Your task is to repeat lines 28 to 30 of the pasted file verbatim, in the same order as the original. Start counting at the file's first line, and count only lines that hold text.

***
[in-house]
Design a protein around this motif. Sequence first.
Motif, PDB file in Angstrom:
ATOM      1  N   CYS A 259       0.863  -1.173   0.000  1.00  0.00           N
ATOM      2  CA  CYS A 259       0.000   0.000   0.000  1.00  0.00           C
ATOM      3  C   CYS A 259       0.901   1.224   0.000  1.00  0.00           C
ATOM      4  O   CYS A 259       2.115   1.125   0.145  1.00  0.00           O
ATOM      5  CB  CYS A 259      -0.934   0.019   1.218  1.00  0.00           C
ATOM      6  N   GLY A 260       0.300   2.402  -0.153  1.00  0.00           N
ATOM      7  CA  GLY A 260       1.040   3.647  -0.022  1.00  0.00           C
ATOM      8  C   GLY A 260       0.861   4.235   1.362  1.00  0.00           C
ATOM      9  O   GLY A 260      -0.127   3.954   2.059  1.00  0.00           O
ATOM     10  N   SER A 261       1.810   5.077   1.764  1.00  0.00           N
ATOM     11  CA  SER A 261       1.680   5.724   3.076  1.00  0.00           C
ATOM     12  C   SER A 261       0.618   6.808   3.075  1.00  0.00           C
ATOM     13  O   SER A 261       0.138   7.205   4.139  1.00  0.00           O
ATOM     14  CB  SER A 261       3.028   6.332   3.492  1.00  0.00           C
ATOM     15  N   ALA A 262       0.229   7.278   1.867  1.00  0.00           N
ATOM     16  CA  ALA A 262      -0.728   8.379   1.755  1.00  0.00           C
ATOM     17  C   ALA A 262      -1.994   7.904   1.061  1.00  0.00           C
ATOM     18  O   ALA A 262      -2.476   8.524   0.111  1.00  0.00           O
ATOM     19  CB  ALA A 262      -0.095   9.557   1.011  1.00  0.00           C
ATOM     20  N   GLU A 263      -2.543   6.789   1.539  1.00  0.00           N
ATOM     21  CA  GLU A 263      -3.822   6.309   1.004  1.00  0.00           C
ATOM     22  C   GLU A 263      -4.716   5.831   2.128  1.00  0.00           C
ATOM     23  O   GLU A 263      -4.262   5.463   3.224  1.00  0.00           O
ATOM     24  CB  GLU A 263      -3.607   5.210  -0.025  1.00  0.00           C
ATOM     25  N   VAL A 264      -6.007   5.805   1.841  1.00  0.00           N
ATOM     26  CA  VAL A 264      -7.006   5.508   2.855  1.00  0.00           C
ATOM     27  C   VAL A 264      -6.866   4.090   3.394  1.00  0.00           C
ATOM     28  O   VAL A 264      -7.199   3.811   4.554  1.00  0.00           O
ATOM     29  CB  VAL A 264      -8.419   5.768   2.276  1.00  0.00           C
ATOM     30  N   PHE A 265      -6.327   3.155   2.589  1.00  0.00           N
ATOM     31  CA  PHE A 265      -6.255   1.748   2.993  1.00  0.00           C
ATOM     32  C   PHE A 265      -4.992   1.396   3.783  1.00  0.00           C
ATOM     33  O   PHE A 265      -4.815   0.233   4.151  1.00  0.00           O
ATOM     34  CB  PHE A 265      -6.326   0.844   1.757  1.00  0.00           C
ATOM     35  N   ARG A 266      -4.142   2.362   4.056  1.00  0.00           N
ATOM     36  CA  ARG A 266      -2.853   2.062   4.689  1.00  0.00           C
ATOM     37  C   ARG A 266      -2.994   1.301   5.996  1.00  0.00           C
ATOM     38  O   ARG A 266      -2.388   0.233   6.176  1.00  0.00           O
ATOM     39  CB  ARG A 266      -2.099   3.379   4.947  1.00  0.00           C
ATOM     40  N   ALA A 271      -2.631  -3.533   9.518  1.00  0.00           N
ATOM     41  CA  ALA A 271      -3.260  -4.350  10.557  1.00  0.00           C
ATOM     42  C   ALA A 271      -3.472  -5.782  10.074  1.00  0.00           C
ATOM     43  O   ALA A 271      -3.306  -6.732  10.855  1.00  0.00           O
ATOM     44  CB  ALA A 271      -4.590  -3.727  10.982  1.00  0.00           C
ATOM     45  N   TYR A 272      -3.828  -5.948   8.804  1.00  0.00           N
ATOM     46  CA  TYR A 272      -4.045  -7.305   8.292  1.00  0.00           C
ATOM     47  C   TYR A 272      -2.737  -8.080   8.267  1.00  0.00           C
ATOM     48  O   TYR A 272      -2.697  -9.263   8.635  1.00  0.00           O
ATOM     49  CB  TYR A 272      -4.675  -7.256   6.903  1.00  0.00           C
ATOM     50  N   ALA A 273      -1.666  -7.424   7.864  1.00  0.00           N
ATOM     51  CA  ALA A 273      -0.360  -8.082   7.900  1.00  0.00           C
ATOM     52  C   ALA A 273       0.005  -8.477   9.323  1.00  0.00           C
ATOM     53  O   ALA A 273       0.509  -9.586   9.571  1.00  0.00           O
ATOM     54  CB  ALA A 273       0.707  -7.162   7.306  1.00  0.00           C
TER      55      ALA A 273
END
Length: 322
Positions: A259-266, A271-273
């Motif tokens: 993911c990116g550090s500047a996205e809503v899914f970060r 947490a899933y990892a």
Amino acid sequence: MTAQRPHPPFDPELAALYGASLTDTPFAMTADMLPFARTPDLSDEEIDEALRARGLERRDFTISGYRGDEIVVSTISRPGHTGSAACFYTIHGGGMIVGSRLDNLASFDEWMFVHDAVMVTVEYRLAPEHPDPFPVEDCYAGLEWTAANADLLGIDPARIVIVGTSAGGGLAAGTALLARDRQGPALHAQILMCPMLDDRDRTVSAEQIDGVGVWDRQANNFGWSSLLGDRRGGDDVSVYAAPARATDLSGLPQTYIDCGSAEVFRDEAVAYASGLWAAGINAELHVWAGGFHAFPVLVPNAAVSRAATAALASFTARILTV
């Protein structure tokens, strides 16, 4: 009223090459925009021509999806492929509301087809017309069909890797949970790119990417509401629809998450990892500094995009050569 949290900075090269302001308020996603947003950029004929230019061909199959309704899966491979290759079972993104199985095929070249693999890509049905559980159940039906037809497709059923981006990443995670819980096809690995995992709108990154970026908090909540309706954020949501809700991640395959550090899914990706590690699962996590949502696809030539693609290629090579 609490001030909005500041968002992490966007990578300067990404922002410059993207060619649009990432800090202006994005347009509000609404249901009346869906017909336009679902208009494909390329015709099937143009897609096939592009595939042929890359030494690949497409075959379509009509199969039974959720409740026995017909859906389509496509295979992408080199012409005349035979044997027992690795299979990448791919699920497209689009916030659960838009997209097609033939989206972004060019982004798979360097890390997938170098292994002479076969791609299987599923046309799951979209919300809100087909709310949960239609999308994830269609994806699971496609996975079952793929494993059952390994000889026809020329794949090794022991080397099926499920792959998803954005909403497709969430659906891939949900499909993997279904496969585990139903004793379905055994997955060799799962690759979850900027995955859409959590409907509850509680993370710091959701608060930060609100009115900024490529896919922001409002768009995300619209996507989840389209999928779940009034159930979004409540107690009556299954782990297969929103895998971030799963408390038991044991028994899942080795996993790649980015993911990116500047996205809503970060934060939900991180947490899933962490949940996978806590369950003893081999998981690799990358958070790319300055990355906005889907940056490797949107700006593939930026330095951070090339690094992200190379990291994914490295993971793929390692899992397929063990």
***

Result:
ATOM     25  N   VAL A 264      -6.007   5.805   1.841  1.00  0.00           N
ATOM     26  CA  VAL A 264      -7.006   5.508   2.855  1.00  0.00           C
ATOM     27  C   VAL A 264      -6.866   4.090   3.394  1.00  0.00           C